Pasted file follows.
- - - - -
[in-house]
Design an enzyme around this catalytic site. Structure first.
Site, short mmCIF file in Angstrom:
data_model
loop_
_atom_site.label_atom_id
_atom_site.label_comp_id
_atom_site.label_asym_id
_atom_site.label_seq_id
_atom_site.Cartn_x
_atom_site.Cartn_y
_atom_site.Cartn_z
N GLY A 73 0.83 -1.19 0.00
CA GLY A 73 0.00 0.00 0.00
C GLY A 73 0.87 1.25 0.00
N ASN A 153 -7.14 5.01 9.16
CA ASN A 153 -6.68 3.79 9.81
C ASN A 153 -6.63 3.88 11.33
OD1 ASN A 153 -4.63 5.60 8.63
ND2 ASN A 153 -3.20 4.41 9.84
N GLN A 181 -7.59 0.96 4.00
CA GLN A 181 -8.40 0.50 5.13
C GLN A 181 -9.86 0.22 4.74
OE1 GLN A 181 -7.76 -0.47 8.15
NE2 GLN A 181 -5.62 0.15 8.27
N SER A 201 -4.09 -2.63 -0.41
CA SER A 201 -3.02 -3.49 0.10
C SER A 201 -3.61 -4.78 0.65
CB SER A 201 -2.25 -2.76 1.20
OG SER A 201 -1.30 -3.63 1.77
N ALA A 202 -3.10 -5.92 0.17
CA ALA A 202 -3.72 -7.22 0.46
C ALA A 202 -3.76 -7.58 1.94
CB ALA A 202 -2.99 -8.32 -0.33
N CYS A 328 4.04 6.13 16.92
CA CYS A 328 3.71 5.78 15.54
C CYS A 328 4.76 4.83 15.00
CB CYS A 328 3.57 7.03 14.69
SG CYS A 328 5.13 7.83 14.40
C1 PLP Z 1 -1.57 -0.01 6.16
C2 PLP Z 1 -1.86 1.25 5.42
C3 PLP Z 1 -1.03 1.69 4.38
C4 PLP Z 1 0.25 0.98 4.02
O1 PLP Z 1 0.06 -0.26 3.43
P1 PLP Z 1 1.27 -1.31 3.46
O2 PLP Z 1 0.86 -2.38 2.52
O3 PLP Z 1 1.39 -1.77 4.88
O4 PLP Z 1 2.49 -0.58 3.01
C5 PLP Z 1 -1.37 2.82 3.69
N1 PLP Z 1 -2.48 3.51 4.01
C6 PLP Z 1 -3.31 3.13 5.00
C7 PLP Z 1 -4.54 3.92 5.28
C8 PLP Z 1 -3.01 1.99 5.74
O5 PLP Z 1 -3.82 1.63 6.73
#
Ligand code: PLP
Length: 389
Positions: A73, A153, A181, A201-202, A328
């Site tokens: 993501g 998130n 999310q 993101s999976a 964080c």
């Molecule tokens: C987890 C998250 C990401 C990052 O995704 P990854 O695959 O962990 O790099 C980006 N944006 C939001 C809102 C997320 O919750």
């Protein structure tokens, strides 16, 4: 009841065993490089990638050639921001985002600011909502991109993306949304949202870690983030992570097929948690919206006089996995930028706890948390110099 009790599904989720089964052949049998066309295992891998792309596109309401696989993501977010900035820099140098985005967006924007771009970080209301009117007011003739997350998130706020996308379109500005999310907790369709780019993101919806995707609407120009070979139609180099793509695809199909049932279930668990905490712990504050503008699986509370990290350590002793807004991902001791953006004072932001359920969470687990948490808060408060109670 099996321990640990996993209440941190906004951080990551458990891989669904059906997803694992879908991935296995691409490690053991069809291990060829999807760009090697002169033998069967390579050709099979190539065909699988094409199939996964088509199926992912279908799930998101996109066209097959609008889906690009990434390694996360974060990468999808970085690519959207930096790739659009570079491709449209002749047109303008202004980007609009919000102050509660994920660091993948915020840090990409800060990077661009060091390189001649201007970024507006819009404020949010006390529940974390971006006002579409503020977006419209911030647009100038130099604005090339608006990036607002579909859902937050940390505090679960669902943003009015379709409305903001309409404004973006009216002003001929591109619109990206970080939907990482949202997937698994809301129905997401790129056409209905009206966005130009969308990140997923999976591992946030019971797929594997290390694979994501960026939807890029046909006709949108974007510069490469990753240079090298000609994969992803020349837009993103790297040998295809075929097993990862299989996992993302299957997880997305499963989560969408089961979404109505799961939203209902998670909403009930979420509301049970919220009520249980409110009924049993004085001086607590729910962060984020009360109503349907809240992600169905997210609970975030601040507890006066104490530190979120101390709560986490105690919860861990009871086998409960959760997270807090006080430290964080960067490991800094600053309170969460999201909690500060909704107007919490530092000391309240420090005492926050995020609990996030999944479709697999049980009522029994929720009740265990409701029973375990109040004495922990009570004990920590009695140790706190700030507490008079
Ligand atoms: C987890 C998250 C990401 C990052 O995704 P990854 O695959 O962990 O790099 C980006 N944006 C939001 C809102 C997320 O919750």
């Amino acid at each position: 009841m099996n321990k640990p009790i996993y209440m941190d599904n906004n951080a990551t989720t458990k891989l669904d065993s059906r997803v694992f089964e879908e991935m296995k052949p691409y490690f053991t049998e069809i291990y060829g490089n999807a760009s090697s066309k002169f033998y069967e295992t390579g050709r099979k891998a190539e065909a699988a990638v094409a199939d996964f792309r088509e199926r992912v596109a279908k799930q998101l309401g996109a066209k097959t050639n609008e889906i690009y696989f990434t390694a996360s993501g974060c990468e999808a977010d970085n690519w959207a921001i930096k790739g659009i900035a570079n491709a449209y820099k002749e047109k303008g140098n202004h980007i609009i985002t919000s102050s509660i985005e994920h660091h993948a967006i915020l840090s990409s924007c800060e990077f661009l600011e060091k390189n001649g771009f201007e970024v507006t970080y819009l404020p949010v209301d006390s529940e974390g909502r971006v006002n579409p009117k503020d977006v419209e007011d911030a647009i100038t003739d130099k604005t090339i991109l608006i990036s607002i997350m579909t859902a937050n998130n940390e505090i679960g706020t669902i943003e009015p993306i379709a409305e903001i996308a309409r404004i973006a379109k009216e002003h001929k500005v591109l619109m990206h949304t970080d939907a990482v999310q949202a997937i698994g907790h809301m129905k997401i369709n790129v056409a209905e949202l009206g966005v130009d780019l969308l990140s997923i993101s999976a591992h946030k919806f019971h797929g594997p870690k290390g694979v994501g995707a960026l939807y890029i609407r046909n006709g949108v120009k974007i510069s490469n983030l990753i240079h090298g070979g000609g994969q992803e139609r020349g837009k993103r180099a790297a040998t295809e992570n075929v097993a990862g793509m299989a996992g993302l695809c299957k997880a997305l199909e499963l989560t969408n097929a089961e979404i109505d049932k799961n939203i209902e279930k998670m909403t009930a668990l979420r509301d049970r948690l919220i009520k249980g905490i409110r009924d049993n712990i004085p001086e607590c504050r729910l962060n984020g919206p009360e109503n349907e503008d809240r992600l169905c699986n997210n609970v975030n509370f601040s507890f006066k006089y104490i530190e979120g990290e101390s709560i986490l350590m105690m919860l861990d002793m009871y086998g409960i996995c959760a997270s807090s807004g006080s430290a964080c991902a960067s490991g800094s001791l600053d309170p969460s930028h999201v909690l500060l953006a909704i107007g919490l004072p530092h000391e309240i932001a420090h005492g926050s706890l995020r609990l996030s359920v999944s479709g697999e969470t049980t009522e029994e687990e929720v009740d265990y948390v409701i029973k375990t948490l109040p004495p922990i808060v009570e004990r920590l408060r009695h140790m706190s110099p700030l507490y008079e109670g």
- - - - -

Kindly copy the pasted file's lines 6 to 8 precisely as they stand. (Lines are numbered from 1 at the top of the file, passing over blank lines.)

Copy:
_atom_site.label_atom_id
_atom_site.label_comp_id
_atom_site.label_asym_id